Makes: 8 Thalipeeth


  1. Thalipeeth Bhajani – 3 Cups
  2. Onion – 2 Medium
  3. Green Chillies – 4 to 6
  4. Turmeric – 1/2 tsp
  5. Red Chilli Powder – 1 tsp
  6. Chopped Coriander Leaves – A Handful
  7. Oil for cooking the Thalipeeth
  8. Salt to Taste


  1. Peel and chop the onions to fine pieces.
  2. Chop the green chillies to fine pieces.
  3. Mix the thalipeeth bhajani, onions, green chillies, salt, turmeric, red chilli powder, and coriander leaves.
  4. Add enough water and kenad into a moist but firm dough.
  5. Divide the dough into 8 equal portions.
  6. Roll each portion into a ball.
  7. Grease a sheet of foil with a few drops of oil.
  8. Place a ball of dough on the foil.
  9. With a moist hand, firmly press down on the dough and spread it out evenly into a thick pancake.
  10. Make 4 or 5 evenly spaced cuts or holes on the surface of the pancake.
  11. Heat a tava/griddle.
  12. Add 1/2 tsp of oil and spread evenly.
  13. Place the thalipeeth on the hot tava.
  14. Drizzle a little oil along the edges of the Thalipeeth and in the cuts on the surface.
  15. Cover and cook over medium heat for about 5 minutes. The side touching the tava should brown while the top side should start to dry.
  16. Flip the thalipeeth over to cook the other side.
  17. Drizzle a little oil along the edges of the pancake and in the cuts on the surface.
  18. Cover and cook over medium heat for about 5-7 minutes.
  19. Serve hot with white butter or dahi/curd/yoghurt.

Green chilli pickle mixed with curd is an awesome accompaniment to  thalipeeth. :-)

My Favourite Accompaniment for Thalipeeth

  1. Beat 1 cup of dahi or yogurt till smooth.
  2. Add 1 tsp of Green Chilli Pickle and some salt to it.
  3. Mix well.
  4. Serve with hot Thalipeeth.

Ragi Sangati, Ragi Mudde or Ragi Kali

Ragi Sangati - Andhra Style Ragi Mudde or Ragi Kali

Ragi is a miracle food. It is loaded with calcium, fibre, iron, and Vitamin D. As a result, it helps in weight-loss, treating anemia, strengthening the bones, reducing cholestrol, and much much more. It also helps cool the body. In fact, it is very easy to incorporate Ragi into any meal that you wish. You could make Ragi Dosa or Ragi Malt/Ambali for breakfast, or then Ragi Roti, which can be used as an alternative to rotis or chapatis.

If you are a rice eater, try making Ragi Sangati, which can be used in place of rice. Ragi Sangati is very popular in Andhra Pradesh, especially in rural households where it is used as a substitute for rice. It is made by boiling Ragi flour with a touch of salt and a little rice till the mix starts to form a ball (mudda). It is then quickly rolled into a ball with a wet hand and then doused with a dollop of ghee. It can be served with any pappu (dal), pachadi (chutney), or pulusu (sambar) as a side dish.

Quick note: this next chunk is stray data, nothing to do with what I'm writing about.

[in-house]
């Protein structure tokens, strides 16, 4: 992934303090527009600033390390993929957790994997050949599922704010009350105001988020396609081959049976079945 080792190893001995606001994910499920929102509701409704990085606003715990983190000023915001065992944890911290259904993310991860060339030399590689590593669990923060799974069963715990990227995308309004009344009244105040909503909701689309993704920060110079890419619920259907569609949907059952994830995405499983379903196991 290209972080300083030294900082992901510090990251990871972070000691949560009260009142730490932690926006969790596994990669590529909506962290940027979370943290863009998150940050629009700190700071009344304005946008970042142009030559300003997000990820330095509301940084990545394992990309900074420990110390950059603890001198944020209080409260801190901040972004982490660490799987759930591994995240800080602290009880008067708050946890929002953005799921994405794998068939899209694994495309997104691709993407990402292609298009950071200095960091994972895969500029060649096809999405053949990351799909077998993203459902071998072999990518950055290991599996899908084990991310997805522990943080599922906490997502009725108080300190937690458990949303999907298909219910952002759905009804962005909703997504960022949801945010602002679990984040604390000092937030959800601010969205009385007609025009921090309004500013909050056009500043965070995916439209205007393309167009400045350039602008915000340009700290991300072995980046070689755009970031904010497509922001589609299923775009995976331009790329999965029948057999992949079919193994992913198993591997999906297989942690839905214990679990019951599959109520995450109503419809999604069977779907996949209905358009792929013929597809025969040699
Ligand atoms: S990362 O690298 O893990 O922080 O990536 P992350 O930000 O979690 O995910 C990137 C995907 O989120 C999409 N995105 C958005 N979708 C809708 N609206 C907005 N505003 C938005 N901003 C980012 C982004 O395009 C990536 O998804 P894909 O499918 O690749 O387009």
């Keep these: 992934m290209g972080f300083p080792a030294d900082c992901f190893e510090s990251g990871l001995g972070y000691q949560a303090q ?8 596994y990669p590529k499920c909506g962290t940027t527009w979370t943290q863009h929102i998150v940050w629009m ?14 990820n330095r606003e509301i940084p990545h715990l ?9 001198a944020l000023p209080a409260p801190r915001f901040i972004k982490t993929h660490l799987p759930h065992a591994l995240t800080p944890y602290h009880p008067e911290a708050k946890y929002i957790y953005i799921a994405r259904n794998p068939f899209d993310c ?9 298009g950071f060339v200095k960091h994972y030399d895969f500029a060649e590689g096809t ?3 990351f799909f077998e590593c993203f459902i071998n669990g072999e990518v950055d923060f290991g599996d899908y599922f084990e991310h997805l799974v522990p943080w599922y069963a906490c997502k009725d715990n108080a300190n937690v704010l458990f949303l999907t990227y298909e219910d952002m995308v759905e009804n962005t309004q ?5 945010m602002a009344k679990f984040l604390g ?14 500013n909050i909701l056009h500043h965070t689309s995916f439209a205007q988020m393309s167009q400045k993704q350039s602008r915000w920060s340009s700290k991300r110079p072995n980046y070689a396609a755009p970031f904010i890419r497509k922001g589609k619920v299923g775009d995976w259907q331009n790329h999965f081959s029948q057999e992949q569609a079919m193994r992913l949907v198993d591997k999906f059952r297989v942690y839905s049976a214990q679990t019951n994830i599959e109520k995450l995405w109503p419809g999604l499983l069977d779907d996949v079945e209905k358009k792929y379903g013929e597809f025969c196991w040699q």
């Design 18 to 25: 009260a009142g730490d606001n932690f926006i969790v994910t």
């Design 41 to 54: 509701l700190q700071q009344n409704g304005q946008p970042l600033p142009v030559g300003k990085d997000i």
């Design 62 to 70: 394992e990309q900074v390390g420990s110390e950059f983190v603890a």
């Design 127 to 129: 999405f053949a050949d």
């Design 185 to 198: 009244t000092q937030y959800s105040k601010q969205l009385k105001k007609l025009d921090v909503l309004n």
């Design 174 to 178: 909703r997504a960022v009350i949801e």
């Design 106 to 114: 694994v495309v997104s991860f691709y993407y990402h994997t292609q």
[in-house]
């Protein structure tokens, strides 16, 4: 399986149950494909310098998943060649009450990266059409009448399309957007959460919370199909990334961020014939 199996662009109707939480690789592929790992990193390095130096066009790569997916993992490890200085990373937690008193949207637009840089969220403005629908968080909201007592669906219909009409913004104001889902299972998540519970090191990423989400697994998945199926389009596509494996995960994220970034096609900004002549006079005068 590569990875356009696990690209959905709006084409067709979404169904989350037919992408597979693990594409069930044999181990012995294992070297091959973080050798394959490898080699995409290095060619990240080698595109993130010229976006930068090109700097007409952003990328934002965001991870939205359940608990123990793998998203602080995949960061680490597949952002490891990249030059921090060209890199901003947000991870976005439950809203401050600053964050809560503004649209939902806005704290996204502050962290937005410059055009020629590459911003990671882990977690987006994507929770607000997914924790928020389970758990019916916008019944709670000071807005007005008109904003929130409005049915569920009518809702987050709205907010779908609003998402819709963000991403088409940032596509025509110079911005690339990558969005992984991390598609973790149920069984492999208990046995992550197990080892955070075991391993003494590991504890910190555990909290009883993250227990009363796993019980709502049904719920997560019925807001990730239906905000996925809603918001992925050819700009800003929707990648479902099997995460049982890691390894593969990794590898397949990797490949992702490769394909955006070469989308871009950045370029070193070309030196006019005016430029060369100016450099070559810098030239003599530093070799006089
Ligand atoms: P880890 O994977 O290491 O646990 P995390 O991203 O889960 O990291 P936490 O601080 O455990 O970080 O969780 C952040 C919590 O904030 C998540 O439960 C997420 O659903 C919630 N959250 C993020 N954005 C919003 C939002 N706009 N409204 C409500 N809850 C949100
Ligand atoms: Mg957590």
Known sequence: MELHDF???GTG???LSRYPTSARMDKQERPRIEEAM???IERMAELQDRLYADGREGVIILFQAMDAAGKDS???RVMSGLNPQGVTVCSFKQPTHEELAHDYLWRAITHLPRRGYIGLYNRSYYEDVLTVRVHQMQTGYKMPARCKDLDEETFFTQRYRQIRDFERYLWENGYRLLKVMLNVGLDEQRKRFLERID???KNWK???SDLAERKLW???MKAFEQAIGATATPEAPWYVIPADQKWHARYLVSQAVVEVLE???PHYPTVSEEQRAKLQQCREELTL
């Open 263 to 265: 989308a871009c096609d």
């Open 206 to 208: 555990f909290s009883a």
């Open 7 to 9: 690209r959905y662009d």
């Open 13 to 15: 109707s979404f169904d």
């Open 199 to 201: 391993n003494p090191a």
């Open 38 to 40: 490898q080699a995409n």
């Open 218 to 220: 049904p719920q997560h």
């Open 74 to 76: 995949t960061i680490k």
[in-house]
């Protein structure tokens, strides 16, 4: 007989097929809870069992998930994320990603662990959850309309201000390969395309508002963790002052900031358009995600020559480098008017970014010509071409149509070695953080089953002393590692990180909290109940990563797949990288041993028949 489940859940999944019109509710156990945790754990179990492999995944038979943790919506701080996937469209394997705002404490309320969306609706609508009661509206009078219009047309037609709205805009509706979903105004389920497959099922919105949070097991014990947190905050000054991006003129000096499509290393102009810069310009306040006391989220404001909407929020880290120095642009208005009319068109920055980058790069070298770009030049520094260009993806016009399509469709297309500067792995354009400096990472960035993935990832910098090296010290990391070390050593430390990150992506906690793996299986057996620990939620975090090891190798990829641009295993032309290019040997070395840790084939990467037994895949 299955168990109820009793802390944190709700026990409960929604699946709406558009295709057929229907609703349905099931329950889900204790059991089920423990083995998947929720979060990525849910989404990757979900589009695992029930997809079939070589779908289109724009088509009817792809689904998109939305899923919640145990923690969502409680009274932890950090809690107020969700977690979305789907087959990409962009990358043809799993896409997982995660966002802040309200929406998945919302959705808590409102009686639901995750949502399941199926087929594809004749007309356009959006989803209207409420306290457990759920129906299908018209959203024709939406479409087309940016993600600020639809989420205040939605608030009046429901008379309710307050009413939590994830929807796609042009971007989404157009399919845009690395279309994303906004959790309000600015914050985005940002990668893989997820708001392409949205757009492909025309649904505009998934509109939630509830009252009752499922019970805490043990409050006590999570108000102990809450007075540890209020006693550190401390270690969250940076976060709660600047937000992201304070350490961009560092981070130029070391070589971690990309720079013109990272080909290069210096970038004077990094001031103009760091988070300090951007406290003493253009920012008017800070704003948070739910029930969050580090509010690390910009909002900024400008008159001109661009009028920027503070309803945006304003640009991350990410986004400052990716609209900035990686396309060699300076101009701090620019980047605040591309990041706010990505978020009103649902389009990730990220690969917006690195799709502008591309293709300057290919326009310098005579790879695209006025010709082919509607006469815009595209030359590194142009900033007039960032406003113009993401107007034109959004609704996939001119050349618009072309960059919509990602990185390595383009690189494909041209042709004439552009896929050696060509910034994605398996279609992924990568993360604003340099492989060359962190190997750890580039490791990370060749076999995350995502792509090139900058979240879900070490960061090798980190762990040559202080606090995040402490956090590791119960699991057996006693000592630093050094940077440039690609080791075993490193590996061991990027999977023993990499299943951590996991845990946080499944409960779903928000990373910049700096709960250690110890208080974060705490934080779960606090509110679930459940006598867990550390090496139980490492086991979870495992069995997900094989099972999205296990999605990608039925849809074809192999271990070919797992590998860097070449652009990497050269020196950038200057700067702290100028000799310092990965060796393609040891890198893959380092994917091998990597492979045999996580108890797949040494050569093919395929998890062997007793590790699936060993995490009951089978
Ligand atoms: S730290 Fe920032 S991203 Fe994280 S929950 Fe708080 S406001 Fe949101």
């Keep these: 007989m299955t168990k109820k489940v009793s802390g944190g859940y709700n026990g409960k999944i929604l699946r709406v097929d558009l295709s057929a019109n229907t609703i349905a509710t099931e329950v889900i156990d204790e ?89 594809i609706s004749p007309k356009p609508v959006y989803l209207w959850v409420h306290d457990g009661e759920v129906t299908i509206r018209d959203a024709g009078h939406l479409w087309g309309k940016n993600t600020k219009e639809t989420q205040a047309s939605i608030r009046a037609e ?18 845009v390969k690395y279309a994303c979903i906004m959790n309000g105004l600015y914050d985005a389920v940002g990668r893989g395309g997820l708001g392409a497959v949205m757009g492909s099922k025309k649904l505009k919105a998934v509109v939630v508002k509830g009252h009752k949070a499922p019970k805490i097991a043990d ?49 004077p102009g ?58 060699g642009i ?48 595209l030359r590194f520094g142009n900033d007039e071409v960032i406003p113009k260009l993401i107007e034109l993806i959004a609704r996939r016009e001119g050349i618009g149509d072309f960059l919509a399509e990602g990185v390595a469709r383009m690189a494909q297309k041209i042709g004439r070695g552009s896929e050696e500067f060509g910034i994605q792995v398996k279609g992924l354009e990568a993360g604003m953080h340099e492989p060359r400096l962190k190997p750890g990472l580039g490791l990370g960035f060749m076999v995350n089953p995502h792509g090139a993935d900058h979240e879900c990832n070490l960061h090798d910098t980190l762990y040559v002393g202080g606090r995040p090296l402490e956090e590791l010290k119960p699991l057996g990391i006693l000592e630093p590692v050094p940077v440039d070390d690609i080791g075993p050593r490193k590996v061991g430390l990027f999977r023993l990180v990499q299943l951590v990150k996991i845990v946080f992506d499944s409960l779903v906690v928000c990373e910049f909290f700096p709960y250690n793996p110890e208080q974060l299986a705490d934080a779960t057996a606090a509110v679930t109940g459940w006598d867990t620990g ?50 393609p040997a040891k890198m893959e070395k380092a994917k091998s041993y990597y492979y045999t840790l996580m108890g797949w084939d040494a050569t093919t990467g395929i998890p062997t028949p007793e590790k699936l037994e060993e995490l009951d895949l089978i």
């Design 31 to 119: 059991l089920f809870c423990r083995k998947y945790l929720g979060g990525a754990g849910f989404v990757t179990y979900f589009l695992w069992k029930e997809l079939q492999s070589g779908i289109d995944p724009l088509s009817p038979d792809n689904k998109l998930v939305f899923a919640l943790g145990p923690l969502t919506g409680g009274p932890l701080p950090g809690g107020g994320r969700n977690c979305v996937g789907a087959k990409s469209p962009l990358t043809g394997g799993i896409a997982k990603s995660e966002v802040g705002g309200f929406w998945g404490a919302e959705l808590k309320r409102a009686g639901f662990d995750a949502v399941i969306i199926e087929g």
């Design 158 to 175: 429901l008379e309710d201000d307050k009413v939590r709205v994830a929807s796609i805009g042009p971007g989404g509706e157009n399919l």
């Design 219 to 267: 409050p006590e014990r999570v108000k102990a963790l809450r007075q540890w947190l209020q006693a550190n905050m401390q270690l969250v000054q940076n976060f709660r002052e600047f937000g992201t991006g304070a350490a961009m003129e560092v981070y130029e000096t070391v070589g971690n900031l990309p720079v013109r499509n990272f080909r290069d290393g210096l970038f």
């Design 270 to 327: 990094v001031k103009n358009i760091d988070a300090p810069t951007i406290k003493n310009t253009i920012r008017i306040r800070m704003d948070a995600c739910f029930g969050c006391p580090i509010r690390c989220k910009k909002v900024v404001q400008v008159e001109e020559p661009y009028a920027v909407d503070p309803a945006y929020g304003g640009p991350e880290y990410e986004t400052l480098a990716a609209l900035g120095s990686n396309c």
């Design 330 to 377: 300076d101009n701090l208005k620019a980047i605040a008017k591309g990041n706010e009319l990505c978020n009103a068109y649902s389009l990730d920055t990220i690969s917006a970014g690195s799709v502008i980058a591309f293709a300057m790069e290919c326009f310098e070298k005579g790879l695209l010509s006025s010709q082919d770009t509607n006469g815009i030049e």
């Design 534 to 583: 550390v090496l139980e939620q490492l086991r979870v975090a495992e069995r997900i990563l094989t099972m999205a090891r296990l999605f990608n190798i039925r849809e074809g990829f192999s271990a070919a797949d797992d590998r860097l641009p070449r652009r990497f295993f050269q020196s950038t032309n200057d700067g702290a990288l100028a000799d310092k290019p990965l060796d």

Ragi Sangati tends to be dense in texture and is best eaten as soon as it is made. It is also an acquired taste, so I would recommend that you start eating it in small steps. Because of its cooling properties, many avoid eating Ragi in cooler weather.

Ragi Sangati is very similar to Ragi Mudde made in Karnataka or Ragi Kali made in Tamil Nadu. The only difference is that while Sangati uses some rice, neither Ragi Mudde nor Ragi Kali has any rice in it.

Ragi Sangati, Ragi Mudde or Ragi Kali
Cook time
Total time
Ragi Sangati is essentially Ragi flour and rice boiled in water till it is thick enough to form a ball. It is served with dals, chutneys, or sambar as accompaniment. It is one of the easiest ways of incorporating Ragi into your diet.
Recipe type: Main
Cuisine: Indian, Andhra Pradesh, Karnataka
Serves: 4
  • Ragi Flour - ⅔ Cup
  • Rice - 1 tbsp
  • Water - 1.75 Cups
  • Salt - ½ tsp or to Taste
  1. One a medium flame, boil the water with the rice till the rice is cooked.
  2. Add salt and mix well.
  3. Lower the flame.
  4. Add ragi flour and mix well.
  5. Continue to cook on low heat while stirring till the dough comes together as a ball.
  6. Turn off the heat and let it cool for 2-3 minutes.
  7. Wet your hand using cold water.
  8. Quickly divide the Ragi Sangati dough into 4 parts.
  9. Roll each part of Ragi Sangati into a ball.
To Serve the Ragi Sangati
  1. Make a small indent in the Ragi Sangati mudda.
  2. Add some ghee into the indent.
  3. Serve with any dal or chutney. I ate this with Tomato Pappu and Beerakaya Pachadi.
I used a short-cut. I used steamed rice that I had and used just 1.25 cups of water. This worked beautifully.

To make Ragi Mudde or Ragi Kali, omit the rice and use just 1.25 cups of water.
Nutrition Information
Serving size: 4